Whilst a calm and relaxing bedtime routine is key in enjoying a good night’s rest, it’s as important to start your day on the right note too. We’re creatures of habit, really, so it’s likely that we all have a set routine in place, we’re just not quite aware of it. Morning time is when our minds are most at ease. Combined with a good night’s sleep, for most of us, this is when we’re at our best.
There are parts of our morning that we perform almost unconsciously, like making a fresh coffee or brushing our teeth. But there are other parts too, like taking time to exercise or enjoying a wholesome breakfast with our family. As with every other element of our lives, how something begins can set the tone for the rest of its duration. With that in mind, we couldn’t think of anyone better than Dr Rebecca Robbins, Harvard’s Sleep Specialist, to talk us through her perfect morning routine and its influence on her day.
All of us can be categorized as either morning people or evening people, or somewhere along the spectrum. This is termed our ‘chronotype’ or preference for how our daily activities are organized in a typical 24-hour day. I personally am a morning person, I thrive early in the morning, crave early bedtimes, and do my best work first thing in the morning. On the other hand, evening people thrive after sunset – that’s when they do their best work. They also very often struggle to wake up with the sunrise. Ideally, we are all able to organize our work and personal lives to match the times that best suit our biological preferences.
“I thrive early in the morning, crave early bedtimes, and do my best work first thing in the morning.”
Although my morning routine can vary, it’s my calm moment before the craziness of the day picks up. I wake up craving my morning coffee. I sip it whilst making a bottle for my son, and we get to enjoy our morning beverages together. This calm, quality time with my son allows me to prepare for the day.
Consistency in our sleep schedules is an important component of a healthy sleep routine. I do try to wake up at the same time, varying as little as possible on the weekends. It can be tempting to sleep in, but doing so will throw our brains into confusion. It sends this vital organ a message that we have hopped on a plane and are heading east. We then can experience insomnia-like symptoms the following night as our brain attempts to adjust to a new time zone. Instead, keeping your rising time the same will give your brain information on when it should be tired and when it should be alert.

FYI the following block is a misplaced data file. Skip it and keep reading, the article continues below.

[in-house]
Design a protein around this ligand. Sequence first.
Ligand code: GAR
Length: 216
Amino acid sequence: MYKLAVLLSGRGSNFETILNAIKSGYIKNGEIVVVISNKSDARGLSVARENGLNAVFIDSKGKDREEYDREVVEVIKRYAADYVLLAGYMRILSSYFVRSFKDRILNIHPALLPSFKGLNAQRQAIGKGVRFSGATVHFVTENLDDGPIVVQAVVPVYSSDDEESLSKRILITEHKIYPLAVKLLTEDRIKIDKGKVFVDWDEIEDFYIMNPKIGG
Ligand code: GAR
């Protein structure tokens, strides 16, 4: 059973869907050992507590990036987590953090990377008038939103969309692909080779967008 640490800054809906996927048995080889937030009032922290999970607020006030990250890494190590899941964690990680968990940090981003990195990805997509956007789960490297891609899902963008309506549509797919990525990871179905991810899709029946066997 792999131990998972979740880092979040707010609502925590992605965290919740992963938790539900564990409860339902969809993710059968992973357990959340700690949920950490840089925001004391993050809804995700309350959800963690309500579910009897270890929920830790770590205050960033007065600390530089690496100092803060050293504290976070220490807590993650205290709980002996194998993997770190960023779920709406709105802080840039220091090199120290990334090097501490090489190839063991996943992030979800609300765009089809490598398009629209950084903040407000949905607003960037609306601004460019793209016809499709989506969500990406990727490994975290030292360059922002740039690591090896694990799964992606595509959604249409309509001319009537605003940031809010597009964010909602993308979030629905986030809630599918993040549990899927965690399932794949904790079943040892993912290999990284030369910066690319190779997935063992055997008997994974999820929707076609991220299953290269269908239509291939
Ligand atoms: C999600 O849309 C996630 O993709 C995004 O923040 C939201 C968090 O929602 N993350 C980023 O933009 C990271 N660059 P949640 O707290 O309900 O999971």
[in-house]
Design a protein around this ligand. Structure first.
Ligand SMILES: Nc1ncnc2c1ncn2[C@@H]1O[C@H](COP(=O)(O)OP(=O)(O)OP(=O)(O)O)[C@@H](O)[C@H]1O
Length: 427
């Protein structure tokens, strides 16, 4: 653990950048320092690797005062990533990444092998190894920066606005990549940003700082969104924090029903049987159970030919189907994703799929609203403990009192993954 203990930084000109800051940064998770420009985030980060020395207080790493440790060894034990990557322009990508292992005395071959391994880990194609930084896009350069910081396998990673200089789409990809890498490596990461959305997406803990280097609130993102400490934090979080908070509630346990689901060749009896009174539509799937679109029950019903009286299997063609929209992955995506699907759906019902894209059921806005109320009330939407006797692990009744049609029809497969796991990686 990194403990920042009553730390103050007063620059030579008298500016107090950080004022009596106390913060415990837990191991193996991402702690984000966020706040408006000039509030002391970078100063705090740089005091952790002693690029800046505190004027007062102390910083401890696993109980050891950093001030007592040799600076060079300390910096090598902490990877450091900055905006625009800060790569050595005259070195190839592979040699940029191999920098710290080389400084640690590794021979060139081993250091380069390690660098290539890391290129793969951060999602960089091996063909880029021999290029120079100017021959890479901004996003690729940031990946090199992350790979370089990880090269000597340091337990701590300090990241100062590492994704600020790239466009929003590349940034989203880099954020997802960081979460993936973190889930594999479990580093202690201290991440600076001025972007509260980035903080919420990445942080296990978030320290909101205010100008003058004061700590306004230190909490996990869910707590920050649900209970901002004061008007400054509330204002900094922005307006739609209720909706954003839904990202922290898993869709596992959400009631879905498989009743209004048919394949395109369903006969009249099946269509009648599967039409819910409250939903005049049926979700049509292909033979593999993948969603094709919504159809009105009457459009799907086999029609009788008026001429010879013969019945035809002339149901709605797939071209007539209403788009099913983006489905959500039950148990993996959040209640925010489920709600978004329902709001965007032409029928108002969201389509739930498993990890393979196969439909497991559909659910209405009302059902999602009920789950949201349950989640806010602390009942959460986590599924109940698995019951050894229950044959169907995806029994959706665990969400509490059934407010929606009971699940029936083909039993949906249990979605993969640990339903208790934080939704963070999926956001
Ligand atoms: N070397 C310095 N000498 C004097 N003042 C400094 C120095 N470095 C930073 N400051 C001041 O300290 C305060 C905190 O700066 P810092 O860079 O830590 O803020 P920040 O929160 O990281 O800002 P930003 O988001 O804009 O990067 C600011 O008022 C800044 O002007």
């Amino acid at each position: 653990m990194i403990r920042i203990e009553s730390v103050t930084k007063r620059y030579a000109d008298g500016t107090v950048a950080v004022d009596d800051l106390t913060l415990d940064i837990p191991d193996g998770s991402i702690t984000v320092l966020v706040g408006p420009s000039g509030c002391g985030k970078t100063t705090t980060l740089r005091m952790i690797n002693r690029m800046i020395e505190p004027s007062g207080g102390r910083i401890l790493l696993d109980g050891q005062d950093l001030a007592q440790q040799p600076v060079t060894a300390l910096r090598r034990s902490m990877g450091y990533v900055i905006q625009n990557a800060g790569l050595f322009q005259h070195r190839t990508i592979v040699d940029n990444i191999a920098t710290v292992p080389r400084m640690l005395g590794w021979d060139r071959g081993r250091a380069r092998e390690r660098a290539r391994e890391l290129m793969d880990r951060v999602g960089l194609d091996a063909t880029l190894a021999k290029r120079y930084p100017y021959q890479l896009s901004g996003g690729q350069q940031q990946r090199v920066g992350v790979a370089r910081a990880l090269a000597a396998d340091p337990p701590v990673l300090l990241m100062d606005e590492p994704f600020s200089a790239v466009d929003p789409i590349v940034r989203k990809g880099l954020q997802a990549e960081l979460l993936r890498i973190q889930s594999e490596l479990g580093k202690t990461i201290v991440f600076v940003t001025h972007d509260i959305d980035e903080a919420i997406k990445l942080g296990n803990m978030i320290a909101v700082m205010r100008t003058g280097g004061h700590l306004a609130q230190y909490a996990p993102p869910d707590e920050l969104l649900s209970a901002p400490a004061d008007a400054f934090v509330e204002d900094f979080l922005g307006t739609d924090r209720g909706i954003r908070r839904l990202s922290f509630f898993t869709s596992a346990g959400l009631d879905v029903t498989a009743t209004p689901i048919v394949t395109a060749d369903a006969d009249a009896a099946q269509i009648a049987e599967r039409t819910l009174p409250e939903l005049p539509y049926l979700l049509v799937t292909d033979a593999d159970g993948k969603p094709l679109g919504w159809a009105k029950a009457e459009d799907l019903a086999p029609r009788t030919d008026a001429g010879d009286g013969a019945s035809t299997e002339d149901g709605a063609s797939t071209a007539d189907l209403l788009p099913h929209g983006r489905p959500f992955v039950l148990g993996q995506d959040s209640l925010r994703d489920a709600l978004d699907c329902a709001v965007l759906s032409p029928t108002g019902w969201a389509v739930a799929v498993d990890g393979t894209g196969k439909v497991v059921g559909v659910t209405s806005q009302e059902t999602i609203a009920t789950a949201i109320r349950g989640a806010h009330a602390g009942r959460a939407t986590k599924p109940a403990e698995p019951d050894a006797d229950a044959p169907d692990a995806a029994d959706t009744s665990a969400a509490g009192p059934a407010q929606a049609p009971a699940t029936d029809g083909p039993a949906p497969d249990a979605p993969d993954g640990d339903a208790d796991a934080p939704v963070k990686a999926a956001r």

“It can be tempting to sleep in, but doing so will throw our brains into confusion.”
My son has been my alarm clock for the last few months. He is 18 months and, like clockwork, rises at 7 am every morning. I have now found that, even if my husband is on duty or I am on vacation, I wake up at that time no matter what. It is remarkable how we truly are creatures of habit!
When I travel, I do my best to maintain my same routines, falling asleep and waking up at the same times as I do when I am home. This can be challenging when I am travelling across time zones, in which case, the routine can fall off the rails. When away, try to forget your old time zone as quickly as possible. Your technology will likely update clocks automatically, but if you have a manually set watch or travel clock, set those to the new time as soon as you depart. You’ll have trouble at your destination if you continue living according to the old time zone. Eat meals and go to bed according to the time at your destination.
Discover more stories on how to improve the quality of your sleep on House of Savoir.